Is there popular open-source project on Earth Model for climate change assessment or global earth simulation ?

Best regards, Adrien

  • $\begingroup$ See for instance Isca, which is open source. I'm not sure how comprehensive it is: it looks as if it is aimed mostly at the rather-idealized level from casual reading, and without ocean models &c there's a lot missing. $\endgroup$
    – user18801
    Commented Feb 17, 2020 at 17:23
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    $\begingroup$ If you find an open-source supercomputer to run it on, please stop by again and make a note of it here! ;-) You might also consider asking another question about the viability of demonstrating climate change on a personal computer versus a supercomputer facility. $\endgroup$
    – uhoh
    Commented Feb 18, 2020 at 9:06
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    $\begingroup$ @uhoh Planet Simulator that daniel.neumann mentioned gets some results on a PC, of course with nowhere near the resolution or realism of full-scale climate models, but still good as a toy model for educational purposes. $\endgroup$
    – gerrit
    Commented Feb 18, 2020 at 10:04
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    $\begingroup$ @uhoh see my comment above; I know, comments shouldn't be used for chatting ...; sorry for that $\endgroup$ Commented Feb 18, 2020 at 13:14
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    $\begingroup$ @daniel.neumann It can be the answer to both... $\endgroup$
    – gerrit
    Commented Feb 18, 2020 at 13:31

1 Answer 1


NOAA-GDFL model system for CMIP6

The Geophysical Fluid Dynamics Laboratory (GDFL) of the National Oceanic and Atmospheric Administration (NOAA) uses an coupled open source modeling system for their contribution to CMIP6. CMIP6 is the 6th Coupled Model Intercomparion Project (CMIP6) on which basis the Sixth Assessment Report of the IPCC (the upcoming report) will be partly based on.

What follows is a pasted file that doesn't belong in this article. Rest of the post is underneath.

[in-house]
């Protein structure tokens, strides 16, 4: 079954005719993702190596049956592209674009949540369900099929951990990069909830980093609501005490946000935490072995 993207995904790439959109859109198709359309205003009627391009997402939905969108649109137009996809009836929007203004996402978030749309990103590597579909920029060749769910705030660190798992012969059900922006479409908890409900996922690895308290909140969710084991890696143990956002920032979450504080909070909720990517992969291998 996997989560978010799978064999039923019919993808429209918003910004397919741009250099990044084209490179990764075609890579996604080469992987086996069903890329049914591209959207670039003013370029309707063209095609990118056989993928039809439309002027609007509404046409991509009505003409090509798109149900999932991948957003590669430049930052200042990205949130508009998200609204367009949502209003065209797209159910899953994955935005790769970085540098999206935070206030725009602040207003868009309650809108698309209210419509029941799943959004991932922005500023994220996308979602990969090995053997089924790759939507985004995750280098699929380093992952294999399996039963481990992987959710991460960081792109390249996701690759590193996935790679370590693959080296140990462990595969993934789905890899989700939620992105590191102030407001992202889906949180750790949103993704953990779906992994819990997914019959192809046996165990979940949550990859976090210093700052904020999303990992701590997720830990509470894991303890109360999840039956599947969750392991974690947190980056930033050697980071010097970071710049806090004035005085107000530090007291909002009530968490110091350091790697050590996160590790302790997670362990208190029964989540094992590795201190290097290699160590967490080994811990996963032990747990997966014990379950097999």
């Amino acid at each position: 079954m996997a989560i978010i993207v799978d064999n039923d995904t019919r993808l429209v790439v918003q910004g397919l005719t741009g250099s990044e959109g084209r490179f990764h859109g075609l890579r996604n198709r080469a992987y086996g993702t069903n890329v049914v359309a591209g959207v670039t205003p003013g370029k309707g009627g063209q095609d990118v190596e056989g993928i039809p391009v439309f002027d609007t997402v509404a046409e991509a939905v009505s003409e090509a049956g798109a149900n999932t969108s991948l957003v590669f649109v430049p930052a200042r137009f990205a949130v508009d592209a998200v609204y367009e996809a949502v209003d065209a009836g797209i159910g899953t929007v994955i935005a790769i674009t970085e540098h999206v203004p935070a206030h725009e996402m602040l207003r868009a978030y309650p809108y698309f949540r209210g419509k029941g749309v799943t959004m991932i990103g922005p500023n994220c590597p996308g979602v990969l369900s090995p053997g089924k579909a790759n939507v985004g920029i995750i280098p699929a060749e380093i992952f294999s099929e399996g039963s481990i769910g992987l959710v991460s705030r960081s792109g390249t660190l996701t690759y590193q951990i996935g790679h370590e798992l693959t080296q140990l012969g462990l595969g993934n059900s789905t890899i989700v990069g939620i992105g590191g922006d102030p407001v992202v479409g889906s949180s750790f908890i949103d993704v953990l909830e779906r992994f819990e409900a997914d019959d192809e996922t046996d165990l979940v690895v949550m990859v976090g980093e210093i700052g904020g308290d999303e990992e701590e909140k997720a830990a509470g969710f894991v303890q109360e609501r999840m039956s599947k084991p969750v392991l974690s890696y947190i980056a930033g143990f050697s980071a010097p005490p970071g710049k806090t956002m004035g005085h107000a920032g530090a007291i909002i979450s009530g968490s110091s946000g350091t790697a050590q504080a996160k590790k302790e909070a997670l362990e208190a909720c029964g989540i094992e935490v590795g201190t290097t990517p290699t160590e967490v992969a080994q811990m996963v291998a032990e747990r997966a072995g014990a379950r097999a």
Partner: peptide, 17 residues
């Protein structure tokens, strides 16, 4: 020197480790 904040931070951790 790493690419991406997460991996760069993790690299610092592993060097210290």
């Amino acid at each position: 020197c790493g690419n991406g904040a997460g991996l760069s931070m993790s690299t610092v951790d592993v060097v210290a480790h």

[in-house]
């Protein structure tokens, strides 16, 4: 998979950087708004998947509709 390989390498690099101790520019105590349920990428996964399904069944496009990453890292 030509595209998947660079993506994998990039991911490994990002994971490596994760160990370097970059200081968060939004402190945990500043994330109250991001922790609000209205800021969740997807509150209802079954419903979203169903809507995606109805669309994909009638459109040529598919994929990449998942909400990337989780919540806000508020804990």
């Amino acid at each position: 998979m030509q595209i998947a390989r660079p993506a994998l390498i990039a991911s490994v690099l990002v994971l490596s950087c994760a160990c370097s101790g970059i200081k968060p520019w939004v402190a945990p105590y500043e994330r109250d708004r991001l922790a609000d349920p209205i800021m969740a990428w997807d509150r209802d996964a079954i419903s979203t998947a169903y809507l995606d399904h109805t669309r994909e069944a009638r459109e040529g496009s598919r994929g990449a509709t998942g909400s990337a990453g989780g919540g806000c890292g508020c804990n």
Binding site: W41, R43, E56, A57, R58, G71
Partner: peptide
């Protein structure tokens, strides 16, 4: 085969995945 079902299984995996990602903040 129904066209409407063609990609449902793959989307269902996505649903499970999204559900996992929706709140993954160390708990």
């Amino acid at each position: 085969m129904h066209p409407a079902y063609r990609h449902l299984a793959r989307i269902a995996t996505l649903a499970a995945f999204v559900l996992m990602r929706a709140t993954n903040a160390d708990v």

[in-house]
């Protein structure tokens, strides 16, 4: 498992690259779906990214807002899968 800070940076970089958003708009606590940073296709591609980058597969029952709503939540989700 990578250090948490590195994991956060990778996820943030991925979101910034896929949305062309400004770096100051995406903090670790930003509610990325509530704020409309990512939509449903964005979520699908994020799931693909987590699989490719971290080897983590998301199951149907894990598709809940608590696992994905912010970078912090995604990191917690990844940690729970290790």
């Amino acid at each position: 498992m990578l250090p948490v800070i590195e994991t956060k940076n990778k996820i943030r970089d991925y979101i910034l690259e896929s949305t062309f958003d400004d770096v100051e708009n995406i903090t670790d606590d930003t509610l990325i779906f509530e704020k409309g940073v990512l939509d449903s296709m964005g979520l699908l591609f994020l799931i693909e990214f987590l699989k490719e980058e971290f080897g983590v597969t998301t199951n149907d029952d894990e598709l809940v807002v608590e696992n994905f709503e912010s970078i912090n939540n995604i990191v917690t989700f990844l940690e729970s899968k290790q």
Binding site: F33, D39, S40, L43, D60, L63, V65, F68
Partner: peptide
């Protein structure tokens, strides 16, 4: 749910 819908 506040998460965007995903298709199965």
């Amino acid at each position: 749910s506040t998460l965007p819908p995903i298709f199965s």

The model system of the GDFL consists of several components that have to be compiled invidually and couled to each other. The ocean is represented by the Modular Ocean Model v6 (MOM) and the atmosphere is represented by their Atmosphere Model v4.5 (AM). Both models are open source. But, I am not sure under which licence they are published. There are further components needed for the proper climate model system setup. Have a look in this json file for possible combinations.

Educational climate model: Planet Simulator

This text section was already posted by me as an answer to the question Simple Climate Models that Predict Climate Change.

The Meteorological Institute of the University of Hamburg, Germany, provides and simple model called "Planet Simulator" (PlaSim).

The Planet Simulator is mainly made for educational purposes and runs on personal computers. However, it is also parallalized and can be run on HPC clusters. There exists an Documentation and the source code is said to be well commented. The whole source code is open source. The programming language is Fortran. One should be able to compile it with gfortran under Linux.

The Planet Simulator offers a GUI (after compiling successfully) to set up da model simulation and run it. There is code for postprocessing included. Thus, there is not need for additional postprocessing software. If you write out the output as netCDF, which is the quasi-standard output format of climate models, it might be practical to install ncview or Panoply because these are common netCDF viewers with which you can look directly into the output files.


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